, Volume 26, Issue 3, pp 481–485 | Cite as

Evolutionary chance and contingency: in search for systematics

Grant Ramsey and Charles H. Pence (eds.): Chance in evolution. Chicago: The University of Chicago Press, 2016, 384 pp, $45.00, ₤31.50 PB
  • Jeroen Hopster
Review Essay

Although Darwin has been celebrated for uncovering the role of chance in evolution, he was no chance aficionado. Darwin did not like the term; echoing the intellectual consensus of the seventeenth and eighteenth century, he often relegated chance to ignorance. Over the course of Darwin’s lifetime, this consensus was beginning to unravel. A great enthusiasm for using statistical methods developed, especially in the social sciences, but Darwin was not infected by it. The potential to utilize statistical methods to study evolution became apparent only later through the contributions of biometricians and population geneticists.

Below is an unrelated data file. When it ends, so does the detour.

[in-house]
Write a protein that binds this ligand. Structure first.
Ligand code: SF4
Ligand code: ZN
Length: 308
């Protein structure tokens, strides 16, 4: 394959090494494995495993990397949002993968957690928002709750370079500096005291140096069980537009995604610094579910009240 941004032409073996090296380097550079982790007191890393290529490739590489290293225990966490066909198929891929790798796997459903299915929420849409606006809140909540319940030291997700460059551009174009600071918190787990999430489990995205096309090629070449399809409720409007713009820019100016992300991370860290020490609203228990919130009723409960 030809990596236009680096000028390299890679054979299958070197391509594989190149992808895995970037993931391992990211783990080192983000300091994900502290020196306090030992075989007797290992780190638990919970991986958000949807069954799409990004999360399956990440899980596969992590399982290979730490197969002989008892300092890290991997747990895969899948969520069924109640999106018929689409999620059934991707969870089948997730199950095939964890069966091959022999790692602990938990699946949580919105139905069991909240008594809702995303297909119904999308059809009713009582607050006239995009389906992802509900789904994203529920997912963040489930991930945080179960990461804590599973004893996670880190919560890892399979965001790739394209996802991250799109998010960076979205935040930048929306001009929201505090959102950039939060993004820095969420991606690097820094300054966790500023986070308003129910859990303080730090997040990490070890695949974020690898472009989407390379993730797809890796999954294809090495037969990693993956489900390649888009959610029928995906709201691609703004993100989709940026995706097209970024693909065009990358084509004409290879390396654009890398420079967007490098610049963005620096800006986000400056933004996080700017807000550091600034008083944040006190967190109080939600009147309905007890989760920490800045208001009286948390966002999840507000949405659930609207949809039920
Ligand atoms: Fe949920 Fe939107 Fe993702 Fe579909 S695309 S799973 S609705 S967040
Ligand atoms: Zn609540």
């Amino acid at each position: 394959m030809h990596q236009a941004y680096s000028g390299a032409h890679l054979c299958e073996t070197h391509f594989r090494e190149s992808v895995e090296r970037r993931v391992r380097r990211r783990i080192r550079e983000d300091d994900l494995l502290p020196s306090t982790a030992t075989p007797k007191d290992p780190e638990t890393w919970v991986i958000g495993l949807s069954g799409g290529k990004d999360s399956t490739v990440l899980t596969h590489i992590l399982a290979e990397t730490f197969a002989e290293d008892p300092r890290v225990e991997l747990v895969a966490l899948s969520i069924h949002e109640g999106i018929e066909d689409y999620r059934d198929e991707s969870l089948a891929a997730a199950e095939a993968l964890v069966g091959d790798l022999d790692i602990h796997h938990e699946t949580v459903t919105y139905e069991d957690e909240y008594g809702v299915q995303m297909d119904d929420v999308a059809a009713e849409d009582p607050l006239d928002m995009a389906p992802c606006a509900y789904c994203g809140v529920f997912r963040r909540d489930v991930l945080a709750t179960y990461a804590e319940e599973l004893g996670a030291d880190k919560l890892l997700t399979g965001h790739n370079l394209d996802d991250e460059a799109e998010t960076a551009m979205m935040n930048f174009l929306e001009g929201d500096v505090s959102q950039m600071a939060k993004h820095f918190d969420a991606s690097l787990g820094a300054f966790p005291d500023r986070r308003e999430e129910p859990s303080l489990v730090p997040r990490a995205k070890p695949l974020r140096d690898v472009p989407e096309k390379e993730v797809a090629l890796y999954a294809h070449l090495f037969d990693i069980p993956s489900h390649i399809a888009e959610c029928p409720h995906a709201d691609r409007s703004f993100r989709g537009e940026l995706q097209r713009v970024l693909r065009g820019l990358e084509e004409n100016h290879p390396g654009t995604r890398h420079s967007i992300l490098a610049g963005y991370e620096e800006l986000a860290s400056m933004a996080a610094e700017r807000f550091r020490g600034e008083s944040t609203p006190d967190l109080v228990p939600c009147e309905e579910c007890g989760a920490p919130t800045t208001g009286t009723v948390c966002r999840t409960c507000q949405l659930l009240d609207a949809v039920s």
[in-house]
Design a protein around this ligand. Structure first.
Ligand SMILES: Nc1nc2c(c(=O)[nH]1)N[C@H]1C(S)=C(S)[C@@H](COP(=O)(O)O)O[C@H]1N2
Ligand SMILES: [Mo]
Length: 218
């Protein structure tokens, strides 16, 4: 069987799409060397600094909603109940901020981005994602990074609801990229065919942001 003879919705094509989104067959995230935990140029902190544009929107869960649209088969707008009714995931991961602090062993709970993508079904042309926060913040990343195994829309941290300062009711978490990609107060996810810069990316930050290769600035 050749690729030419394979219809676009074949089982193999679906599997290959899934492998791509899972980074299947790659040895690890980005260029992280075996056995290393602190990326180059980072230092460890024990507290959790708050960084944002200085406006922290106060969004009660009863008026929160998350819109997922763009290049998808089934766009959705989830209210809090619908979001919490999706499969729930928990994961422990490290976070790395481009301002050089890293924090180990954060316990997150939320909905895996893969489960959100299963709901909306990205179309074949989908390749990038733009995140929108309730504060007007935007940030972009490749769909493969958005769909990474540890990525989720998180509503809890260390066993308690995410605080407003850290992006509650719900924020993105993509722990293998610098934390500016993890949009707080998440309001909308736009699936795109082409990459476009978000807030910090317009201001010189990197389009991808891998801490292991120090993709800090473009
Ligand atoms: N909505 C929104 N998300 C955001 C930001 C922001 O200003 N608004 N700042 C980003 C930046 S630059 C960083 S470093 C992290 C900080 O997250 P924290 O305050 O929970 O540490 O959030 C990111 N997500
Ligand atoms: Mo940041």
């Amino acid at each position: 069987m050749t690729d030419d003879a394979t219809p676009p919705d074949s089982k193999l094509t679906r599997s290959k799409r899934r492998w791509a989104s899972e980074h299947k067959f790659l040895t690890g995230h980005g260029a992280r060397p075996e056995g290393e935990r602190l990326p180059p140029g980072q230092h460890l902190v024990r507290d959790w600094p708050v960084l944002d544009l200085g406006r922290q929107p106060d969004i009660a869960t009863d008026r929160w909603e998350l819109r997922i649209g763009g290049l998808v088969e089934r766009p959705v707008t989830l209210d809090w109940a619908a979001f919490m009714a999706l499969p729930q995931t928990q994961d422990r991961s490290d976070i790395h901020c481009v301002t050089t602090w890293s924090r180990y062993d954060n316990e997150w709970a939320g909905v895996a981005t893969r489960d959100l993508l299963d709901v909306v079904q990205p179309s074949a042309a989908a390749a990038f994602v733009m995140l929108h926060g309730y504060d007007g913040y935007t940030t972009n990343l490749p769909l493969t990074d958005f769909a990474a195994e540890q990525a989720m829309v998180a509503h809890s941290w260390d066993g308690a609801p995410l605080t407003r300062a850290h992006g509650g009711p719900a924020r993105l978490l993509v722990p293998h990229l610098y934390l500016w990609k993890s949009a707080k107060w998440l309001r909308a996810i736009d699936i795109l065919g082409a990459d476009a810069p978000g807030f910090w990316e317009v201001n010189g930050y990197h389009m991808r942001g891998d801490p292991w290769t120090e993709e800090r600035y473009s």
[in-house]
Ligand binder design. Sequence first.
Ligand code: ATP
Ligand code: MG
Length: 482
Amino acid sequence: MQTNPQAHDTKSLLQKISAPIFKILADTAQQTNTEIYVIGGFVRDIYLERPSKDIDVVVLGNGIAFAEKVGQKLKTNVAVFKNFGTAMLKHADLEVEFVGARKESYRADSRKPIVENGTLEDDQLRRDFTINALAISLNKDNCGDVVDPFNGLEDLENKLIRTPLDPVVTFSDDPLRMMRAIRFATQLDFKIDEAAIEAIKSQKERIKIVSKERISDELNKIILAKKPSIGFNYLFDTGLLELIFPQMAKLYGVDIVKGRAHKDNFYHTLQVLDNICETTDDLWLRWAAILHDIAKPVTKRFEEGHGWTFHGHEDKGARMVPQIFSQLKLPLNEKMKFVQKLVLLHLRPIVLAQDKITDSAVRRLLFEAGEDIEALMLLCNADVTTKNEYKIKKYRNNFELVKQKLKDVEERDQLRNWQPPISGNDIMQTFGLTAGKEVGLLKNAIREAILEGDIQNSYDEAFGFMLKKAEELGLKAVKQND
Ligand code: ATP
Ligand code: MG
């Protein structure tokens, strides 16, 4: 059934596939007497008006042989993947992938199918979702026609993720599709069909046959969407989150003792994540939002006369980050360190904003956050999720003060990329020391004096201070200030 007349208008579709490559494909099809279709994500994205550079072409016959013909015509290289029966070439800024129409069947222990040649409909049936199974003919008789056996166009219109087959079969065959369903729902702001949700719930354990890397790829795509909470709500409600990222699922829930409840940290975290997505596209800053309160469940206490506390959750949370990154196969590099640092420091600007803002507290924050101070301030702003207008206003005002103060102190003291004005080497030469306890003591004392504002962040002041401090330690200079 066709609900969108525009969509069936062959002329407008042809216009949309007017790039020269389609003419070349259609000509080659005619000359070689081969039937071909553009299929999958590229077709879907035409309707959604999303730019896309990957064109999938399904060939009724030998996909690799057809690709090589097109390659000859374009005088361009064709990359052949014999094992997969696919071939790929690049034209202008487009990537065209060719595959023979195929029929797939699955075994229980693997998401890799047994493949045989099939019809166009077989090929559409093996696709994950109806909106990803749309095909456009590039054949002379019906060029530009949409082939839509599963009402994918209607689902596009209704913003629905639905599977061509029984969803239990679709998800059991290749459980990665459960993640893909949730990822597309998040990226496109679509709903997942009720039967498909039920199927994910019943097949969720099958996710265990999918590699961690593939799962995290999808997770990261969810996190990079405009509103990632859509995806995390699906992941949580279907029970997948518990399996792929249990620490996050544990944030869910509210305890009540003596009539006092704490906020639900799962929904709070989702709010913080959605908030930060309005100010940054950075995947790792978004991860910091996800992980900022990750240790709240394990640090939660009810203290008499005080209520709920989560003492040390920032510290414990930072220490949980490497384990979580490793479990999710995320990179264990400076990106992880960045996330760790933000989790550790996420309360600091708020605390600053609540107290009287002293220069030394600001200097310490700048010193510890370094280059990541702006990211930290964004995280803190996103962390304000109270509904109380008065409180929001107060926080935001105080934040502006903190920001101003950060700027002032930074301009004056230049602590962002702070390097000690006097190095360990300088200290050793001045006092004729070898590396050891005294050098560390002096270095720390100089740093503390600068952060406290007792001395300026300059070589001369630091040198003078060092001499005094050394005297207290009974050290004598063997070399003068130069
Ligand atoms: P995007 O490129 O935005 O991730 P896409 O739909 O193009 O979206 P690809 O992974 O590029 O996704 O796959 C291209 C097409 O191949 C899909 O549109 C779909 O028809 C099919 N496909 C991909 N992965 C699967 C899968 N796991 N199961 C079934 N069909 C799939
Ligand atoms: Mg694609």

Nonetheless, Darwin didchampion the role of chance in evolution, albeit in a different sense. Darwin pioneered a use of the term that would become specific to evolutionary theory: natural variations are the result of chance, in the sense that they are not occasioned by their adaptive benefits. Put differently, variations arise independently of their fitness...


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Copyright information

© Springer Science+Business Media B.V. 2017

Authors and Affiliations

  1. 1.Department of Philosophy and Religious StudiesUtrecht UniversityUtrechtThe Netherlands
  2. 2.Harvard UniversityCambridgeUSA

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